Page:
Sarah shares this latest news from Isle of Wight Foodbank. Ed
New data published by anti-poverty charity The Trussell Trust reveals that last summer 47% of children who received support from foodbanks in its network were 5-11 years old.
The figures also show that 4,412 more three day emergency food supplies were given to children in July and August 2016 than in the previous two months.
Seek help if you are struggling
The Foodbank is working with local schools and Children’s Centres to help, and urges local families to seek help if they find themselves struggling this summer.
67,506 three day emergency food supplies were provided for children by The Trussell Trust’s foodbank network in July and August 2016 compared to 63,094 in May and June 2016. Between July and August 2016, of all 67, 506 three day emergency food supplies from The Trussell Trust foodbank network that went to children:
- 27% went to 0-4 year olds
- 47% went to 5-11 year olds
- 21% went to 12-16 year olds
- 5% went to children for whom their age was not known
Donations vital more now than ever
Reacting to the new statistics, Isle of Wight Foodbank has urged local families to seek help if they find themselves struggling this summer, and asks local people able to donate to support their work in the community.
Hannah King, Foodbank Manager says:
“Lots of people are just getting by day-to-day but find their income simply won’t stretch to meet the extra pressure of missing free school meals or paying for extra childcare during the holidays. Help is here on the Island.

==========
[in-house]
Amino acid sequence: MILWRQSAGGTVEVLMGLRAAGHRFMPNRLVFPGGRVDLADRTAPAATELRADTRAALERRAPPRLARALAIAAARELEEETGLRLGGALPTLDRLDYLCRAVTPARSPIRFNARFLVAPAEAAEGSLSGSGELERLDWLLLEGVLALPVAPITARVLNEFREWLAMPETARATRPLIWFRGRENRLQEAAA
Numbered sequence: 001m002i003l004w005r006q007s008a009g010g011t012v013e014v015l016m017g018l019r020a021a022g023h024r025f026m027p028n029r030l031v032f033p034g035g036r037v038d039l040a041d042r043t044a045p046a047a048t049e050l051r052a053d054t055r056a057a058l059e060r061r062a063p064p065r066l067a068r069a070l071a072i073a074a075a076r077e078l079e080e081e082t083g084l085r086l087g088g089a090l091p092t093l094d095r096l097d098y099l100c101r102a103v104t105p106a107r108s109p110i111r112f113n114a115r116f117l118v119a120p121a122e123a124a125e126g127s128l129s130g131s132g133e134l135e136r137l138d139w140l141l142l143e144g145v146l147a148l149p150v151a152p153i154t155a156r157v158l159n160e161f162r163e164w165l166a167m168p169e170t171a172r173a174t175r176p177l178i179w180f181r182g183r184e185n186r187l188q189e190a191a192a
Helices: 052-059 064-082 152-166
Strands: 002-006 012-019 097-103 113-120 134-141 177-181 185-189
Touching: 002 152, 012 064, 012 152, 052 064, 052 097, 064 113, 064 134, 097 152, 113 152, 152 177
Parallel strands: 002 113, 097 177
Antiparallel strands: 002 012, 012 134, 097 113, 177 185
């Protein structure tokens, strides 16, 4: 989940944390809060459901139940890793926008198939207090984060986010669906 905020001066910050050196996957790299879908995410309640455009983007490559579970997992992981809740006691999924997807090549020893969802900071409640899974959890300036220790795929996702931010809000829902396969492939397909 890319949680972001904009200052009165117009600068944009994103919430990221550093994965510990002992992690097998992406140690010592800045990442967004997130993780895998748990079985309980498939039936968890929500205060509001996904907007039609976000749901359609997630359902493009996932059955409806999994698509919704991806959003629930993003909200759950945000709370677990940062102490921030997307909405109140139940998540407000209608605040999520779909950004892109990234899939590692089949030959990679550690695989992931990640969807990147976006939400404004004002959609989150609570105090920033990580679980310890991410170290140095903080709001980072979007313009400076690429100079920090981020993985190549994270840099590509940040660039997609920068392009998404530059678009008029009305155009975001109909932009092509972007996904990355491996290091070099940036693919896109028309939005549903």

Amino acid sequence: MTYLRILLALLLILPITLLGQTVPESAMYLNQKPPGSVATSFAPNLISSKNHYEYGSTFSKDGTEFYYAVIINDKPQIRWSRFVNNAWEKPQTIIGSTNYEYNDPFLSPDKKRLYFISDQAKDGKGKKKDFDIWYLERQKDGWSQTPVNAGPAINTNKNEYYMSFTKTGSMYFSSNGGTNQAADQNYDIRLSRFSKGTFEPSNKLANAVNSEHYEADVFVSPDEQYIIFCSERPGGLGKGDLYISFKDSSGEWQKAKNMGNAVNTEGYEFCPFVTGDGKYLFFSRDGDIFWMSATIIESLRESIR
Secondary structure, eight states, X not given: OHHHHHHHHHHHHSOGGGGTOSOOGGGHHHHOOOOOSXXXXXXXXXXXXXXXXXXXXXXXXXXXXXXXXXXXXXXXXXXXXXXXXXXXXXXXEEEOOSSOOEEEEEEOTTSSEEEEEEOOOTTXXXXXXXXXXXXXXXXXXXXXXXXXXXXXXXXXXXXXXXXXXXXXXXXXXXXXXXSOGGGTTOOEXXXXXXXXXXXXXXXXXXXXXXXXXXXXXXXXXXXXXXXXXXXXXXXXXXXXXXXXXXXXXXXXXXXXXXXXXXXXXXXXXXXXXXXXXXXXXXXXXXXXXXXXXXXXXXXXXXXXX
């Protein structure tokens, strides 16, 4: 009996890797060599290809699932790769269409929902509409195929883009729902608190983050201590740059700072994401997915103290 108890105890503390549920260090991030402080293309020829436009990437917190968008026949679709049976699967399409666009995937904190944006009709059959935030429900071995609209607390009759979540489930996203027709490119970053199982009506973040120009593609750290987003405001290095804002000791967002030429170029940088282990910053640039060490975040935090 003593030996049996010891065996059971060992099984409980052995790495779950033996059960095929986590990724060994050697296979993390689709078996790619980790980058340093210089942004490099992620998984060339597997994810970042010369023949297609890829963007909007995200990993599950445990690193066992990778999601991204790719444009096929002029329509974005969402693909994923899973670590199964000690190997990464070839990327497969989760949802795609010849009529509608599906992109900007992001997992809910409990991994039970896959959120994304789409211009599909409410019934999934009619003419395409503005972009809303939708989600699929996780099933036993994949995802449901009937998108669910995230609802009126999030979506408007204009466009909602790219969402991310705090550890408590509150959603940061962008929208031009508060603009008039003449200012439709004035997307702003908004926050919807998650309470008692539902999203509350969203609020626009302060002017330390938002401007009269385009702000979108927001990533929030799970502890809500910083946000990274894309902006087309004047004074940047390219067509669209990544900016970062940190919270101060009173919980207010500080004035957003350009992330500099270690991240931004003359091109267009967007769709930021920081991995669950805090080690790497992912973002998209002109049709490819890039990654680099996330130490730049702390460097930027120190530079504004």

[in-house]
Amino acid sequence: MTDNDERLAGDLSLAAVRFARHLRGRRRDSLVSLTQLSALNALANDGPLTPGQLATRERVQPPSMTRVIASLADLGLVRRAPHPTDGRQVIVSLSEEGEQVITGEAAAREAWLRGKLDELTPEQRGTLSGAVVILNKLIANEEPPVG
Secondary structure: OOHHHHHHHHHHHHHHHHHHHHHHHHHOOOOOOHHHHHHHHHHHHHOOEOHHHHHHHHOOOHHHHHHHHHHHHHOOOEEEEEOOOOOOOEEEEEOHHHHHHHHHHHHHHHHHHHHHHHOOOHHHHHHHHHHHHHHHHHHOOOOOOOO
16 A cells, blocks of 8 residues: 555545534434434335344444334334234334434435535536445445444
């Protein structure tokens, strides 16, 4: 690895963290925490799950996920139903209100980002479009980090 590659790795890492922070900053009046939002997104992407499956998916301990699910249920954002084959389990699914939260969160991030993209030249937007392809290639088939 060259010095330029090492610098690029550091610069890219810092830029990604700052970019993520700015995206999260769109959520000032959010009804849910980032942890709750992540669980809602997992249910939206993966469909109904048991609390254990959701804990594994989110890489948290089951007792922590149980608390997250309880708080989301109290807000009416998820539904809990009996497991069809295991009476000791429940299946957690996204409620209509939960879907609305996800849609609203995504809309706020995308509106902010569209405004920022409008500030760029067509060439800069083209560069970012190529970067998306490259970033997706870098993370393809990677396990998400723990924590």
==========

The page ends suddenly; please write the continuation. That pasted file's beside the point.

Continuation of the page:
“The foodbank really is run for the community, by the community; it’s all about helping each other and recognizing that nobody should face going hungry.
“We can only continue to provide this crucial support with the community’s help; we rely on local donations to run the foodbank. An emergency food parcel, cup of tea and a listening ear at the foodbank can have such an impact, so any donations will make a real difference.”
Primary school children helped all year round
The new age insights from The Trussell Trust’s data collection system also reveal the percentage of primary school children helped by foodbanks is consistently high all-year round (46% of all children referred between April 2016 and March 2017 were between 5-11), highlighting the need for support throughout the year, not only in the holidays.
Foodbanks will continue to work all-year round to establish strong working relationships with local agencies to ensure families in need can be referred to the foodbank for emergency food and support.
Samantha Stapley, Operations Manager for England at The Trussell Trust, said:
“Over a third of all the food distributed by foodbanks in our network consistently goes to children, but these new figures show 5 to 11 year-olds are more likely than other children to receive a foodbank’s help. This highlights just how close to crisis many families are living.
“We can all make a difference – checking which food your local foodbank is running low on and donating to make sure emergency food is available when people are referred to help is a simple and effective way to get involved. You could be helping a family that lives on your street.”
The Rt. Rev the Lord Bishop of Truro Tim Thornton, said:
“It is shocking to read the statistics and the breakdown provided by The Trussell Trust. That so many primary age children are going without food in our country is of great concern. It is good that so many voluntary organisations, the vast majority of which are based on churches are working to provide help for families during the summer holidays.
“It is very good that the community wants to help and work with those less fortunate and that is a key part of the gospel values. It is however also important that we keep trying to understand the deeper reasons why this situation is as it is.”